All in the Family: Mom Relieves Son in Iraq

It has to be one of the rarest military handovers to ever take place in Iraq. A son ready to come home after a six-month deployment is handing his guard post over to his mother, who is beginning her own six-month tour of duty.

Senior Airman Derrick Johnson, 20, and his mother, Staff Sgt. Tammi Johnson, are both Air Force reservists serving in different units that provide security for Air Force facilities. Shortly after Derrick Johnson deployed to Iraq six months ago, Tammi Johnson received word that her unit would replace her son's unit. But even after that coincidence, mother and son had no idea that random assignments would result in her taking over the very same guard tower her son has been manning at the U.S. airbase in Kirkuk, Iraq.

"This is all just a big coincidence," Derrick Johnson told an Air Force public affairs reporter. "When I found out she was coming to replace me, my jaw dropped just wondering what the chances were of this occurring."


In a reversal of roles, Derrick now finds himself in the unique position of training his mother to take over his job and she's a ready student.

"I've been asking Derrick tons of questions," said Tammi Johnson. "A car rolled real slowly by the perimeter of the base today, and I started getting nervous. But Derrick was there to tell me it was the Iraqi Police, and everything was all right. He knows right off-hand what to do, and I don't feel intimidated or stupid when I ask him the simplest questions."

During Son's Recruitment, Mom Joins

The amazing handover was made possible by an even more unlikely turn of events.

Two years ago, when Derrick was ready to graduate from high school, Tammi Johnson accompanied him to an Air Force recruiting office after he expressed an interest in joining the same serivce she had served in during the 1980s.

"As a joke, the recruiter asked if I was interested in joining up," said Tammi Johnson, who first joined the Air Force in 1983. "I laughed it off at first, but then he started asking questions about my age and how long I had previously served."

During her previous stint, Tammi Johnson had served in the personnel field, but had always been interested in the security force.

When Derrick joined the security forces, the recruiter told her there were positions still available. She left the meeting pondering a return to military life. Becoming a reservist would allow her to maintain her job working for the school district in Moore, Oklahoma while also serving her country.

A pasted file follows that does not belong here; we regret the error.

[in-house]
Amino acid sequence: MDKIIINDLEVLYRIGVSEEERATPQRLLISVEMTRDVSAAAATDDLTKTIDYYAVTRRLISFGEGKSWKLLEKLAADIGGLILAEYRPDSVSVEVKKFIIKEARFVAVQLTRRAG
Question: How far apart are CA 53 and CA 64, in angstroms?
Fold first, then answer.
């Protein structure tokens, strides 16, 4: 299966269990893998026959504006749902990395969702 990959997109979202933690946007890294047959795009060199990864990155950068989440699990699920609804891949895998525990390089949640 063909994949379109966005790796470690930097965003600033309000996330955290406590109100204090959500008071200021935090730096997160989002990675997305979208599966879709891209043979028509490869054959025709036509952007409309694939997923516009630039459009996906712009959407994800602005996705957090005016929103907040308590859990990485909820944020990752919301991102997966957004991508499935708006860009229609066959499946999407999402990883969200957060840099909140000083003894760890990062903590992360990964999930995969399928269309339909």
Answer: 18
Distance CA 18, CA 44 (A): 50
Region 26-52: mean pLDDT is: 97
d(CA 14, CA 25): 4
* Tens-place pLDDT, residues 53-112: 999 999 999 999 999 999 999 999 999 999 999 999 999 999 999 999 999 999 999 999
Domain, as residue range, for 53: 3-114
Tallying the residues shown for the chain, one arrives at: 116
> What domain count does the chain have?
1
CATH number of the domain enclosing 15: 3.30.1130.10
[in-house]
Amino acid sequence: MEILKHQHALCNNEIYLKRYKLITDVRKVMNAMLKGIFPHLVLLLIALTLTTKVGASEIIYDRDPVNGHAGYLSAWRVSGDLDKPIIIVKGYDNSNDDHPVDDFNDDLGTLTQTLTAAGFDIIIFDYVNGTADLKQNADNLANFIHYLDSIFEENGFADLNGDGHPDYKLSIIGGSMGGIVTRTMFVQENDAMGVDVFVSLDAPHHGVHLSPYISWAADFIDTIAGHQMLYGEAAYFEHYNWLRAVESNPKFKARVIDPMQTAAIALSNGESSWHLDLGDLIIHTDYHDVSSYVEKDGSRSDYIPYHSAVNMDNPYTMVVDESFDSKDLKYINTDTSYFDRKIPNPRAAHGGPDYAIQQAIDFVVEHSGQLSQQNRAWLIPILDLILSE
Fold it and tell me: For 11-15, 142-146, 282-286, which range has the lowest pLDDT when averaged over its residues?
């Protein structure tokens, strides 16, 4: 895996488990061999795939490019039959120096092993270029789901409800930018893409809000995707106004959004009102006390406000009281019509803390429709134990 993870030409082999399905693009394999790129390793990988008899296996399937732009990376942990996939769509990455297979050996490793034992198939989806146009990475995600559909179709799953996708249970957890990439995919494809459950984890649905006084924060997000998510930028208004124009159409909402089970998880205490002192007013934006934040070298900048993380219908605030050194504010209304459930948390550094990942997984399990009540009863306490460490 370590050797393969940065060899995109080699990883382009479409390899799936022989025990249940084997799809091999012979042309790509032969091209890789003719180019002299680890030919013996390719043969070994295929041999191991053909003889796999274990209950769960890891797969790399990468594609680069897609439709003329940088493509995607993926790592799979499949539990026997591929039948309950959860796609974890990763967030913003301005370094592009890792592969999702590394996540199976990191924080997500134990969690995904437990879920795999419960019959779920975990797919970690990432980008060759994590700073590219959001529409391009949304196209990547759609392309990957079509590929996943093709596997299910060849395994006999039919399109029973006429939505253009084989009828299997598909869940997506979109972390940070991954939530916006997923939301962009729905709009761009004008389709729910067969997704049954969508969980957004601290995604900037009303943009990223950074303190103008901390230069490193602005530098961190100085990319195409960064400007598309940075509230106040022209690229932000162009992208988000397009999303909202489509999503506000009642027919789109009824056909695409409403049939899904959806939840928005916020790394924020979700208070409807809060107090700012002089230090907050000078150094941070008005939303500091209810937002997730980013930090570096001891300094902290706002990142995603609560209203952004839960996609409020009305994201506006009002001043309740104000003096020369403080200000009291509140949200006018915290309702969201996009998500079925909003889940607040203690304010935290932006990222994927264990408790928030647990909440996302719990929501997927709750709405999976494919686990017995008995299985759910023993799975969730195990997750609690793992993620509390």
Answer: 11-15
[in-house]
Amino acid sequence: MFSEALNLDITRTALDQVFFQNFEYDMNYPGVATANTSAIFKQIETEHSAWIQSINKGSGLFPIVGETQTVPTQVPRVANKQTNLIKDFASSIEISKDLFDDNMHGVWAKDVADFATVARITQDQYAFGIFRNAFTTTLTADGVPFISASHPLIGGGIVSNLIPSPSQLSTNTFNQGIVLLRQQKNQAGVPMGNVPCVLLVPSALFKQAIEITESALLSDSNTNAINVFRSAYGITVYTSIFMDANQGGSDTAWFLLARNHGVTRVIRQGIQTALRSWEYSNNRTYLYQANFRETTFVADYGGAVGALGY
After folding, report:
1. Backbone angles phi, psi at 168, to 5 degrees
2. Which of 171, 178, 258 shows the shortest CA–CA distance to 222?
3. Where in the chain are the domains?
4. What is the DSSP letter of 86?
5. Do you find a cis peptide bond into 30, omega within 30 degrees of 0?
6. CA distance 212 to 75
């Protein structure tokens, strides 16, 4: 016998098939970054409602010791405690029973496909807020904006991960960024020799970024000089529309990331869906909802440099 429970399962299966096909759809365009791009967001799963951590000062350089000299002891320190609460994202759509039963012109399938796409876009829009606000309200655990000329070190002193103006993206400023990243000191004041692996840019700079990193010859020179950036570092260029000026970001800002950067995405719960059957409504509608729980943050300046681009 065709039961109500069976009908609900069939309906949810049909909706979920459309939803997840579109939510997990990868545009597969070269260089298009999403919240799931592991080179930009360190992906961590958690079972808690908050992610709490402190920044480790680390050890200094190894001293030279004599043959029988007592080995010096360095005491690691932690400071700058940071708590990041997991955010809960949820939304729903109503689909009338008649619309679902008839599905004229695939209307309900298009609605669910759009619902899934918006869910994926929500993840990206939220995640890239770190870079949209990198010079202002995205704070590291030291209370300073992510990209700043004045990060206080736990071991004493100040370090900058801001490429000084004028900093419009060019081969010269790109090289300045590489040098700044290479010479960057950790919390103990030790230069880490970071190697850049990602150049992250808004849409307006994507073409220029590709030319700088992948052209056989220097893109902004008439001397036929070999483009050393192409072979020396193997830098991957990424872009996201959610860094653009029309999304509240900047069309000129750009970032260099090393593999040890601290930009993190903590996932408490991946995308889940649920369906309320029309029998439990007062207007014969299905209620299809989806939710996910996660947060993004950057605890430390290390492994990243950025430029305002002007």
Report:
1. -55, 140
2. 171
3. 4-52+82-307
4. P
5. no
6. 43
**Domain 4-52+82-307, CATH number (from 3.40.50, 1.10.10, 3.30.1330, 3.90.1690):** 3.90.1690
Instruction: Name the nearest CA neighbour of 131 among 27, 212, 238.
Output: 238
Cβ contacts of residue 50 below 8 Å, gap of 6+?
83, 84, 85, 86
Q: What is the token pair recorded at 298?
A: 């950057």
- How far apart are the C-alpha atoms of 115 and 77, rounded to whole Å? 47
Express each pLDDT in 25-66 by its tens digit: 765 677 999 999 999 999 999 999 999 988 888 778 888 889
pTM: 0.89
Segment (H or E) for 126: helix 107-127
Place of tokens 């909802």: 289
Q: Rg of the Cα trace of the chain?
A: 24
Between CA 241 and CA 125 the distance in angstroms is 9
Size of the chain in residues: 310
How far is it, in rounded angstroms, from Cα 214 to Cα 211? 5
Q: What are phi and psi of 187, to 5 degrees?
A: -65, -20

"I hemmed-and-hawed about it … My son was joining the same career field, but I knew we'd be stationed at different places, so I decided to just do it."

Both Johnsons joined the Air Force Reserve in spring 2006.

Still a Concerned Mother

Tammi Johnson had some maternal concerns when Derrick received his Iraq deployment orders last summer, and she wished she could have deployed first. What reassured her was knowing his training would serve him well, bacause she had received the same training..

Derrick says he has received some joshing from fellow airmen who ask, "'Is your mommy here to replace you yet?"

He says some of his friends back home who also serve in the military have had a hard time picturing their mothers in Iraq "with a helmet, weapon and flak vest. None of that bothers me though," he said. "It brings us closer together, which is what matters most."

Both Johnsons see their deployments as a positive for their relationship.

"How many mothers and sons can say they were together in the same place in a war zone?" Derrick said.

"You have to find the right balance, because she is my mother and we are working side-by-side," he said. "She understands and listens to the experiences I've encountered, which will help her. But really, she outranks me on many different levels. You can never outrank your mother."